What do you think about the whole PC vs. console culture? I have both and love each for very different reasons.
Let’s face it, the high intensity; first person shooter dominated atmosphere on consoles has brought about a brash breed of users who “shoot from the hip” before actually thinking things through and speaking out on something. This is probably truer of those who are EXCLUSIVELY console users vs. those who are also PC users, but I find that those who are involved in the PC community are pound for pound a bit more tactful shall we say. Yeah I do get the occasional troll still, and some folks still come off as self-entitled, but it’s a lot less prevalent on the PC end I feel based on what I have seen on some mod author’s SSE ported mod pages.
On the flip side, I am excited for console users finally getting access to some of the content that PC users have been making for years, and I think it’s long past due. I just have issues with Bethesda’s execution and roll out, as usual, so won’t be partaking in Console mod development, at least not for now. I also don’t have an Xbox or PS4, so I wouldn’t feel right about releasing a mod anyways without being able to test it first.
Going back to you, do you have or can you see any collaborations on the horizon with other mod authors?
Yes, in fact, I have been working with a world designer MyBad as well as model designer RonnieMagnum on a project called “Odyssey of the Dragonborn” for quite some time. Some other people have also been involved in the planning process.
This project is a nine mod series of episodes (Acts) that follows the Legacy storyline and takes the player to several world spaces all across Tamriel in a truly epic quest against the Thalmor. I like many others feel the Thalmor angle was woefully wanton in Skyrim and had real potential that Bethesda let slip and given the history of TES games, it’s likely they will not be continued in any major way in the next game. The Fight against the Thalmor series is an interesting addition, and I use them in my game usually, but I wanted something grander and more directed.
Once V17 of Legacy is posted before the end of the year, I will be focusing again on full force development of Odyssey.
Are there any mod authors whom you look up to?
There are a ton of big names whose work I admire, and I’m sure that if you look at the A List of mod authors, you will find all of them on there. I’ll leave that list with the comment that I really like Chesko, both as a designer and as a person. He’s a good guy and is very knowledgeable and supports the solidarity of mod authors and supporting each other, which is awesome.
I think that some of the unsung heroes are the people I look up to even more though. Folks like Saerileth (of Druid’s Den), who was a joy to collaborate with when I took over updating Druid’s Den at the request of a fan. They have given me a lot of insight into methods I had previously not been familiar with both during Druid’s Den’s rework and before that. MyBad of (Shadow of the Underking), which was not presented well on his mod page, but I was able to integrate his work into Legacy. I have gotten MANY MANY compliments on his work; he’s an amazing interior dungeon designer and an exquisite worldspace maker and static architecture designer. He totally doesn’t get the props he deserves which is why I’m excited to be working with him on Odyssey.
Also, Ronnie Magnum has made numerous awesome weapon and ring mods and has contributed an amazing amount of work for both Legacy and Odyssey. Including a lot of new and unique items never before seen in Skyrim and again I think gets overlooked a lot. I’ve learned a lot from these three in particular and can’t thank them enough for everything.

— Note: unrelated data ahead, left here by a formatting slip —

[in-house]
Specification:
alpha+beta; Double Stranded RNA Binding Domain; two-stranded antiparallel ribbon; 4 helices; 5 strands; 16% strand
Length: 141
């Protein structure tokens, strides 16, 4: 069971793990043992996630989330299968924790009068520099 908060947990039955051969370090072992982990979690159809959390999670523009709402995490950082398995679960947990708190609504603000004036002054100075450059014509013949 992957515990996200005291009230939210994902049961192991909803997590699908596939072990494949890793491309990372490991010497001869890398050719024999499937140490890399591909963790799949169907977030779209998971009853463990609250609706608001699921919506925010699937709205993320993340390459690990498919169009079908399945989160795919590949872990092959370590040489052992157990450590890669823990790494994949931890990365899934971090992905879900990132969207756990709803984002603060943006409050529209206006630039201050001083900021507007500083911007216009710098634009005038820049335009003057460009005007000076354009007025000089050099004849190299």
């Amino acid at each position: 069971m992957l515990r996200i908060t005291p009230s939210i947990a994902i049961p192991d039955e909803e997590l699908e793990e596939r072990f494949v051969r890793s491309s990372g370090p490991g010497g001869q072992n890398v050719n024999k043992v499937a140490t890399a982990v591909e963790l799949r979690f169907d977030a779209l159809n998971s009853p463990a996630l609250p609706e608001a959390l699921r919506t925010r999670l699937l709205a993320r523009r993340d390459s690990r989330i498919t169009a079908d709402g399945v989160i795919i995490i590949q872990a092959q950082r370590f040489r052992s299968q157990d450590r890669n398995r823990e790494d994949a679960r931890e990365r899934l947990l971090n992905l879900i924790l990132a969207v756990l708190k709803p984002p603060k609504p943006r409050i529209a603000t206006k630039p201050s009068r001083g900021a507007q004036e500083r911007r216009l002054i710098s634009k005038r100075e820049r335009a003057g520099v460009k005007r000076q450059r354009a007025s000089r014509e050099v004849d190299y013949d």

If you could only add ten mods to your Skyrim game, what would they be and why?
- SkyUI - an absolute must if you don’t want to go insane
- Legacy of the Dragonborn - it’s my baby of course
- Ordinator or SPERGp - lightweight perk overhauls that don’t require me to customize every aspect of my game first
- Immersive Weapons and Immersive Armor - both because I need the variety over the bland vanilla stuff
- JK’s Skyrim - a must have for me to keep Skyrim more diverse and interesting
- Forgotten Magic - love having levelable spells which are unique and interesting and diverse
- Alternate Start LAL - Who wants to constantly ride that damned wagon every game, not me
- CCOR - Just enjoy the customizability of it and being able to scrap stuff for crafting
- One extra slot for trying out different quest mods. None I have played are a must have for every game, but I have loved most big quest mods I have played for the experience they bring the first time through.
I use the Creation Kit wiki page a lot. Even to look up mundane things that I probably should remember by now lol. Though it’s a little sparse in places and out of date, it still is quite valuable, and I also contribute there when I discover something new now and again. I also frequent AFK mods at times and TES Alliance, as well as Darkcreations. All three of these sites offer great resources, extended community and a lot of good guides on various modding topics.
Thank you so much for chatting with me today, to end, do you have any advice that you could give to someone looking to get into modding?
Don’t shoot the moon. Start small with something that you can manage to learn to make, support, and polish. Do not release a mod unless you intend on getting it to a semi-completed state and as bug-free, as you can get it. The first three months of learning are hard, and the main thing you will learn is HOW to ask questions; learning the terms and exactly how to word a question is the hardest stumbling block in the beginning. Learn as you go but also try and learn the tools and features before attempting to make anything large because you will inevitably be re-working things you have already made when you learn a better way to do it. There is no single definitive way to make things happen in this game. There are better, more efficient ways, but no one way is THE way, so keep learning and keep polishing your work. Don’t give up; it’s all worth it in the end!